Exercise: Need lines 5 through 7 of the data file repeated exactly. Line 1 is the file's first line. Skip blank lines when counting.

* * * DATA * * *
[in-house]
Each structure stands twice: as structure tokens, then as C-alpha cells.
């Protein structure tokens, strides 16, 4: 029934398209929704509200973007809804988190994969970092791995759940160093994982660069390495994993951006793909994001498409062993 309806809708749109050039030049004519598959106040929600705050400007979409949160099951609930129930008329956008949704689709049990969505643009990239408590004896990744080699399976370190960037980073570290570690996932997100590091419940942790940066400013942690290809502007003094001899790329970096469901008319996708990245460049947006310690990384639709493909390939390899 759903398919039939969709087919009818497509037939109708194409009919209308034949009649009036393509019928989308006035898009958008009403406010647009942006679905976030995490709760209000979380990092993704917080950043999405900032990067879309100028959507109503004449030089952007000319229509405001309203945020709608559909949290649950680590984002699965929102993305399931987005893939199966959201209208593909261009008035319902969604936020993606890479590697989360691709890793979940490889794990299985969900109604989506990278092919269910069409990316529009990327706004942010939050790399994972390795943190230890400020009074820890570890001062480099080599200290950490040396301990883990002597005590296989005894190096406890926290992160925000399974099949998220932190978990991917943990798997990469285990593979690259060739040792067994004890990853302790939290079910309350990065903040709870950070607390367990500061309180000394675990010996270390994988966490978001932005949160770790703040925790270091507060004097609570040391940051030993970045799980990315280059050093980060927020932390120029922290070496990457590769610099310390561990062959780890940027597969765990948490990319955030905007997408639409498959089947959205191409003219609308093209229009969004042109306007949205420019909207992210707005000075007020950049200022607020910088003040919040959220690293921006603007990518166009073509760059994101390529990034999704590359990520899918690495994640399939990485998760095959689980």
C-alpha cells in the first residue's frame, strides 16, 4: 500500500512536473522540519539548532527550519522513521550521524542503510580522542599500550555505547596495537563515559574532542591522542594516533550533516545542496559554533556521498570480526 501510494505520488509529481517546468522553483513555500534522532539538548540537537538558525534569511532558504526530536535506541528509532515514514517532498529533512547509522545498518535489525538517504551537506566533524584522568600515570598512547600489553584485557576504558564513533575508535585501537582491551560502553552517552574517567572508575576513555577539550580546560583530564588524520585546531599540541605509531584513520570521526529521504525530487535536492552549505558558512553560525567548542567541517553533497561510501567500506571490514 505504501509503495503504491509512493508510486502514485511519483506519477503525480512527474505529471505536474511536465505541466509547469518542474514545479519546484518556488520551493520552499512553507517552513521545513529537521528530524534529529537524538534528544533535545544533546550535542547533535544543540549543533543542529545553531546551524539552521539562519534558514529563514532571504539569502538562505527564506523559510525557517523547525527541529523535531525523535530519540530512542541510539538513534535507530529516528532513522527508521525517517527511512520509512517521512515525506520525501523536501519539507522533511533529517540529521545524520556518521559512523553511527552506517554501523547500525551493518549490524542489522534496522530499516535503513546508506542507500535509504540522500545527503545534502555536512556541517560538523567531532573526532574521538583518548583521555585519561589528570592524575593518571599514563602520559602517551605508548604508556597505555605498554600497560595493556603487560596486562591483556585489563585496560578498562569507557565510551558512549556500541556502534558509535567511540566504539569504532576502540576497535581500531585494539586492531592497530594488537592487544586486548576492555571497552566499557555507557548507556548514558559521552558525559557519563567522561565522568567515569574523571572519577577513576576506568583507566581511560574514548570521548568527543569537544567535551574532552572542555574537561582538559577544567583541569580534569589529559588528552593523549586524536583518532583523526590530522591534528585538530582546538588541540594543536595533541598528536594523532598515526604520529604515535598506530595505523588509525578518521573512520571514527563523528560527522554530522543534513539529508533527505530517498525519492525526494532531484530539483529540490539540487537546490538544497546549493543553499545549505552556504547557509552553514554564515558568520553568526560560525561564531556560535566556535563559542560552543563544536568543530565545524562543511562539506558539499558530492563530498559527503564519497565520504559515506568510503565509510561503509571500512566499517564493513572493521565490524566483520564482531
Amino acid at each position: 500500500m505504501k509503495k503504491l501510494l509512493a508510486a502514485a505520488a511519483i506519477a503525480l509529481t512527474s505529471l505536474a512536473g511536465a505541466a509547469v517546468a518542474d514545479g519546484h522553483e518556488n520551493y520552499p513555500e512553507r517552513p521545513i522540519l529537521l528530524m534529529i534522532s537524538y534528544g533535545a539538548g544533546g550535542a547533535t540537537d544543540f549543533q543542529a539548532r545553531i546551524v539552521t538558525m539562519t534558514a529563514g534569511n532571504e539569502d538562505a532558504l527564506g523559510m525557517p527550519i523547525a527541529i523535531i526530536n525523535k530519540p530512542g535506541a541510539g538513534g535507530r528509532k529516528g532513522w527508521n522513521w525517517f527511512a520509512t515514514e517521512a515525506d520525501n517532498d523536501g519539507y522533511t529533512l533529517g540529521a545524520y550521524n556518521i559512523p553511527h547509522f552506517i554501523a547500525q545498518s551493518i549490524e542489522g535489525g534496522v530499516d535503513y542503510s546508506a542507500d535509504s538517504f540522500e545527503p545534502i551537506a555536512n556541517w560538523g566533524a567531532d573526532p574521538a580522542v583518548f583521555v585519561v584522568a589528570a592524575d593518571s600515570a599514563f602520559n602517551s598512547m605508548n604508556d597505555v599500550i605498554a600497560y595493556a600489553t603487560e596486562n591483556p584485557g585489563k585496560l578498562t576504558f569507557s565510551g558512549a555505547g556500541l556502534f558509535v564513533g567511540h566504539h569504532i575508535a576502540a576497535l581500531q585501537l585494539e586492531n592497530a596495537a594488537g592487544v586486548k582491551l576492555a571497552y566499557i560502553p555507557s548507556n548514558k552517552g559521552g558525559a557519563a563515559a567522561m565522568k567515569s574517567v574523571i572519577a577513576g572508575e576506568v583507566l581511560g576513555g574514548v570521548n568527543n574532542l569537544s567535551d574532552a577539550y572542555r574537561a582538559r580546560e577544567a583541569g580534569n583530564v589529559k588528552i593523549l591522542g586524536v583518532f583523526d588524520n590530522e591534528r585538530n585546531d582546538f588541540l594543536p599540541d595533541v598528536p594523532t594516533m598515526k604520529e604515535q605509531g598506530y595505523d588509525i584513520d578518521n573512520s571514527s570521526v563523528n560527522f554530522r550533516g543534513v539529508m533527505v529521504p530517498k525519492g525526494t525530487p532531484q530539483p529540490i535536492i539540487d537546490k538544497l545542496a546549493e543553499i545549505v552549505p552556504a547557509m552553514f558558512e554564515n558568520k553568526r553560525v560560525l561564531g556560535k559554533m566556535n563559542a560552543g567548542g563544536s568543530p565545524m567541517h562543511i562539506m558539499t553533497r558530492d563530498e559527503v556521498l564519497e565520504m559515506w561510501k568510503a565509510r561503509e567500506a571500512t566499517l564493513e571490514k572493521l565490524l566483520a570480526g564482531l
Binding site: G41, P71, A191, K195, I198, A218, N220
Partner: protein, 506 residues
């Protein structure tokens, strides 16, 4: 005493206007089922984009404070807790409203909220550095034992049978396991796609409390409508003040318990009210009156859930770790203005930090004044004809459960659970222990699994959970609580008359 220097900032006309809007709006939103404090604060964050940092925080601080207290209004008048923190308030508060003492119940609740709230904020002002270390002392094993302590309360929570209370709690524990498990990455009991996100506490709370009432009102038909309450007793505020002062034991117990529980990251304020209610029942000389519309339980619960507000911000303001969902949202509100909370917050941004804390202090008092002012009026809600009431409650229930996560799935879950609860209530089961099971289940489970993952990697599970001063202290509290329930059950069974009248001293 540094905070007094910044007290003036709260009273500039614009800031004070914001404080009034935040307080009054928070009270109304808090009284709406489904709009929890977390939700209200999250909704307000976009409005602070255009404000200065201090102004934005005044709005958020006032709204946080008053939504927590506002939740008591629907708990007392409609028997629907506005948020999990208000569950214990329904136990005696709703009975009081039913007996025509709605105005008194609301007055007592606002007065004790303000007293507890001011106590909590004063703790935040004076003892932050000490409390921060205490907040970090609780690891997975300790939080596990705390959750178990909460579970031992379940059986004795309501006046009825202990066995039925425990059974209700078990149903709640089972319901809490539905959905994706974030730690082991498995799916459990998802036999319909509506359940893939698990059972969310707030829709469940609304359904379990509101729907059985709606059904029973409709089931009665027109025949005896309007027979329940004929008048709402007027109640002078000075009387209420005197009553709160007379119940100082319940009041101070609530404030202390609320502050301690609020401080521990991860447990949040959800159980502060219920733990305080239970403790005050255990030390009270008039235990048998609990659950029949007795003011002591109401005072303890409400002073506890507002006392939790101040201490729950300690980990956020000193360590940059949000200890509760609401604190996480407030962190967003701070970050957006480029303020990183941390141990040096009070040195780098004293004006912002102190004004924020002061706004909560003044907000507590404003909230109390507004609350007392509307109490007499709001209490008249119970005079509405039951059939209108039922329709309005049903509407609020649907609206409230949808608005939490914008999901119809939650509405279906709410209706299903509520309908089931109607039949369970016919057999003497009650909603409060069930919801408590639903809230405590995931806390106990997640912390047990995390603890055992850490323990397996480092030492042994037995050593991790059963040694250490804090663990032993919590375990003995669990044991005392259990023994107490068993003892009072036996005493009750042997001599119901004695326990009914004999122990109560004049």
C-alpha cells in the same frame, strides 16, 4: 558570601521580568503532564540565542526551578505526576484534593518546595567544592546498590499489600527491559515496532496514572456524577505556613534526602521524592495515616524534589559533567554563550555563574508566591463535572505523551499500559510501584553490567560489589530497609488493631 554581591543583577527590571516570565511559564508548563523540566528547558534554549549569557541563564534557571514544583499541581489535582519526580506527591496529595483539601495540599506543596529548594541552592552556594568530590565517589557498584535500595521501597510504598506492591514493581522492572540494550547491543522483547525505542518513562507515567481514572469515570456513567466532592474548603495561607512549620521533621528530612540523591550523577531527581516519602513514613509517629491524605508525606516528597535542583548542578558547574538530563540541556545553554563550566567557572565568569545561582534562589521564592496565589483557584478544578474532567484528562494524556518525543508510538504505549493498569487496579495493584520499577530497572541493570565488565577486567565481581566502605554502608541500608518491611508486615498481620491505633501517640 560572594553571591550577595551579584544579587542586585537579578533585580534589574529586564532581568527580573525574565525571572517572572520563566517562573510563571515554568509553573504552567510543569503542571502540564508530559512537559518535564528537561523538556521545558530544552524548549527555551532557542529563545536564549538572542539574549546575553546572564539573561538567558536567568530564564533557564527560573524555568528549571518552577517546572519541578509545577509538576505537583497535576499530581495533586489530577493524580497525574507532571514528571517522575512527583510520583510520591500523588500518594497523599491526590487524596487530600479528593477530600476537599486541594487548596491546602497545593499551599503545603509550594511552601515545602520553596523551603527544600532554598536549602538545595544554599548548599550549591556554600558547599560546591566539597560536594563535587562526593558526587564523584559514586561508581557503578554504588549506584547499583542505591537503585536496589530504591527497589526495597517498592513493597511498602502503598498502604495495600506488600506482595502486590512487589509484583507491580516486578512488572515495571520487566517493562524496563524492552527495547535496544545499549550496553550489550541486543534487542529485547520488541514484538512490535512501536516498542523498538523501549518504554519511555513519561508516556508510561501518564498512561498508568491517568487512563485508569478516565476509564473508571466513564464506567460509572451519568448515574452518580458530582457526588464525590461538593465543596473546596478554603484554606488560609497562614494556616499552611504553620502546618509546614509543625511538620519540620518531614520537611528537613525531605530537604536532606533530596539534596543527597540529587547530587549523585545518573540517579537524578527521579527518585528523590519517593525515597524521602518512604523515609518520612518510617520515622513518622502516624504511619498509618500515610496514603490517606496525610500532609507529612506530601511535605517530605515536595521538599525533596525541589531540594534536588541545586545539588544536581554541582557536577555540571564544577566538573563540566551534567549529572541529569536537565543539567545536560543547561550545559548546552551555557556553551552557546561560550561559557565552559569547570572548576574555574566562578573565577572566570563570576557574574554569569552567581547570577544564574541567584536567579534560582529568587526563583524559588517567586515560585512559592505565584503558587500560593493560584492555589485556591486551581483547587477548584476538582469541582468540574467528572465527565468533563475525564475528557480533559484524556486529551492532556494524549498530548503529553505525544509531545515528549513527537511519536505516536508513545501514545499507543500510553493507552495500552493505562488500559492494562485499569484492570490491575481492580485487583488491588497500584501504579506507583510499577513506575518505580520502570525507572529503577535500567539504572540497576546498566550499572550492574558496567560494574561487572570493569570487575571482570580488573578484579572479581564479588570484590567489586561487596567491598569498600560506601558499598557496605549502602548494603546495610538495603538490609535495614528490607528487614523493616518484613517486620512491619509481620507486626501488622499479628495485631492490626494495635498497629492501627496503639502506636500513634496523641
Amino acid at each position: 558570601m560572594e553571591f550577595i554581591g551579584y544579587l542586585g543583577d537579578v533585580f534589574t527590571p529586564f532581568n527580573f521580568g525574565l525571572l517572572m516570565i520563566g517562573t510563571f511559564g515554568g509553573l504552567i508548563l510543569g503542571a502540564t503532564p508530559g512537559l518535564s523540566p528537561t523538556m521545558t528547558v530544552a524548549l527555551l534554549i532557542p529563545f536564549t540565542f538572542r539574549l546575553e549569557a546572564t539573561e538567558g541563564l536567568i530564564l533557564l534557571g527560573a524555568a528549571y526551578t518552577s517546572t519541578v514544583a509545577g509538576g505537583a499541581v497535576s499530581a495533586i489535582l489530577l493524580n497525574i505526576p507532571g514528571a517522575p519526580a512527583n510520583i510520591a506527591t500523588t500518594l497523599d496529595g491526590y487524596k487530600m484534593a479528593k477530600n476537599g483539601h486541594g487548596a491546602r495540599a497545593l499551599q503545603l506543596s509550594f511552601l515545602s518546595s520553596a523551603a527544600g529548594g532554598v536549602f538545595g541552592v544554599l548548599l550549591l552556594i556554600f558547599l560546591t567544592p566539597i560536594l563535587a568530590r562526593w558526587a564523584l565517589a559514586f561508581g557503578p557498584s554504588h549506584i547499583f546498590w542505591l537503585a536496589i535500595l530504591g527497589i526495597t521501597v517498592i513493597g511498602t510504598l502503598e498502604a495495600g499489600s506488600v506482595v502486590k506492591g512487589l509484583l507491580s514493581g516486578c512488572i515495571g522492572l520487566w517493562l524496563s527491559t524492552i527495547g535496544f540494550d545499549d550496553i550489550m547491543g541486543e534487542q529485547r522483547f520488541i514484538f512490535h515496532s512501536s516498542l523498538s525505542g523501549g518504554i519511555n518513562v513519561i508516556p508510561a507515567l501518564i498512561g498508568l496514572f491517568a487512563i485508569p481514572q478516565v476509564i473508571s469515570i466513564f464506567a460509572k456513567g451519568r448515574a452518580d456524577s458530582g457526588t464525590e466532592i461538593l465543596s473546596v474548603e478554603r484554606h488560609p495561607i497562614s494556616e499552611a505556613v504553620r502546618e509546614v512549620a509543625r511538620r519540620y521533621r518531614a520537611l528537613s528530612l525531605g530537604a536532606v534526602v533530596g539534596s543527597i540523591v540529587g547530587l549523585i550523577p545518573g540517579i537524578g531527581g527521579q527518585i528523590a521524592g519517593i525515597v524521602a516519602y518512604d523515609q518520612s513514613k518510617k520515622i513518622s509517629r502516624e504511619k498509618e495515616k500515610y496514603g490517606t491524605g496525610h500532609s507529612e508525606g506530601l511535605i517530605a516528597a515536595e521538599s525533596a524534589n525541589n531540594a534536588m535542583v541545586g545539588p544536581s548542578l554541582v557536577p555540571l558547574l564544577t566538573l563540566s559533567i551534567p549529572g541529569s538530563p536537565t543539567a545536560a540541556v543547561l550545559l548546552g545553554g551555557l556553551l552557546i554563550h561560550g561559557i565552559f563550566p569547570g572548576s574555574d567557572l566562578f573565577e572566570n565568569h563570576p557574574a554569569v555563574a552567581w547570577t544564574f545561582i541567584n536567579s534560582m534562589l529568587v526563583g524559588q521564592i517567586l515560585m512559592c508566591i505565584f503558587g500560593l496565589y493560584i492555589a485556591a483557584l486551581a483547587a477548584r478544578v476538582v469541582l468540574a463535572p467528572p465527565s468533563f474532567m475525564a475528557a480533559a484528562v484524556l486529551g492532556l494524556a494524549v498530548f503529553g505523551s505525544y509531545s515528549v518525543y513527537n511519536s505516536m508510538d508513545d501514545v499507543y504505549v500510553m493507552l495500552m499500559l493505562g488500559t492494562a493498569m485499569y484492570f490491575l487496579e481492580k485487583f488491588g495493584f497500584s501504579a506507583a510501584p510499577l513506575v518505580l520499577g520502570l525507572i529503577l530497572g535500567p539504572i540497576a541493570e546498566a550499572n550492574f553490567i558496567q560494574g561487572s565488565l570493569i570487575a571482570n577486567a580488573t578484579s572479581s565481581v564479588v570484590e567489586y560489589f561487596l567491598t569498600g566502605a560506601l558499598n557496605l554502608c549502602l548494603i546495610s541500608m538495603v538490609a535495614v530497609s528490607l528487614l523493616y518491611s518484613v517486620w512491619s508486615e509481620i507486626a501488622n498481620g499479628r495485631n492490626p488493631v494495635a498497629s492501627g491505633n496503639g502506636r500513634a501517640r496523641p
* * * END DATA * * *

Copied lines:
Amino acid at each position: 500500500m505504501k509503495k503504491l501510494l509512493a508510486a502514485a505520488a511519483i506519477a503525480l509529481t512527474s505529471l505536474a512536473g511536465a505541466a509547469v517546468a518542474d514545479g519546484h522553483e518556488n520551493y520552499p513555500e512553507r517552513p521545513i522540519l529537521l528530524m534529529i534522532s537524538y534528544g533535545a539538548g544533546g550535542a547533535t540537537d544543540f549543533q543542529a539548532r545553531i546551524v539552521t538558525m539562519t534558514a529563514g534569511n532571504e539569502d538562505a532558504l527564506g523559510m525557517p527550519i523547525a527541529i523535531i526530536n525523535k530519540p530512542g535506541a541510539g538513534g535507530r528509532k529516528g532513522w527508521n522513521w525517517f527511512a520509512t515514514e517521512a515525506d520525501n517532498d523536501g519539507y522533511t529533512l533529517g540529521a545524520y550521524n556518521i559512523p553511527h547509522f552506517i554501523a547500525q545498518s551493518i549490524e542489522g535489525g534496522v530499516d535503513y542503510s546508506a542507500d535509504s538517504f540522500e545527503p545534502i551537506a555536512n556541517w560538523g566533524a567531532d573526532p574521538a580522542v583518548f583521555v585519561v584522568a589528570a592524575d593518571s600515570a599514563f602520559n602517551s598512547m605508548n604508556d597505555v599500550i605498554a600497560y595493556a600489553t603487560e596486562n591483556p584485557g585489563k585496560l578498562t576504558f569507557s565510551g558512549a555505547g556500541l556502534f558509535v564513533g567511540h566504539h569504532i575508535a576502540a576497535l581500531q585501537l585494539e586492531n592497530a596495537a594488537g592487544v586486548k582491551l576492555a571497552y566499557i560502553p555507557s548507556n548514558k552517552g559521552g558525559a557519563a563515559a567522561m565522568k567515569s574517567v574523571i572519577a577513576g572508575e576506568v583507566l581511560g576513555g574514548v570521548n568527543n574532542l569537544s567535551d574532552a577539550y572542555r574537561a582538559r580546560e577544567a583541569g580534569n583530564v589529559k588528552i593523549l591522542g586524536v583518532f583523526d588524520n590530522e591534528r585538530n585546531d582546538f588541540l594543536p599540541d595533541v598528536p594523532t594516533m598515526k604520529e604515535q605509531g598506530y595505523d588509525i584513520d578518521n573512520s571514527s570521526v563523528n560527522f554530522r550533516g543534513v539529508m533527505v529521504p530517498k525519492g525526494t525530487p532531484q530539483p529540490i535536492i539540487d537546490k538544497l545542496a546549493e543553499i545549505v552549505p552556504a547557509m552553514f558558512e554564515n558568520k553568526r553560525v560560525l561564531g556560535k559554533m566556535n563559542a560552543g567548542g563544536s568543530p565545524m567541517h562543511i562539506m558539499t553533497r558530492d563530498e559527503v556521498l564519497e565520504m559515506w561510501k568510503a565509510r561503509e567500506a571500512t566499517l564493513e571490514k572493521l565490524l566483520a570480526g564482531l
Binding site: G41, P71, A191, K195, I198, A218, N220
Partner: protein, 506 residues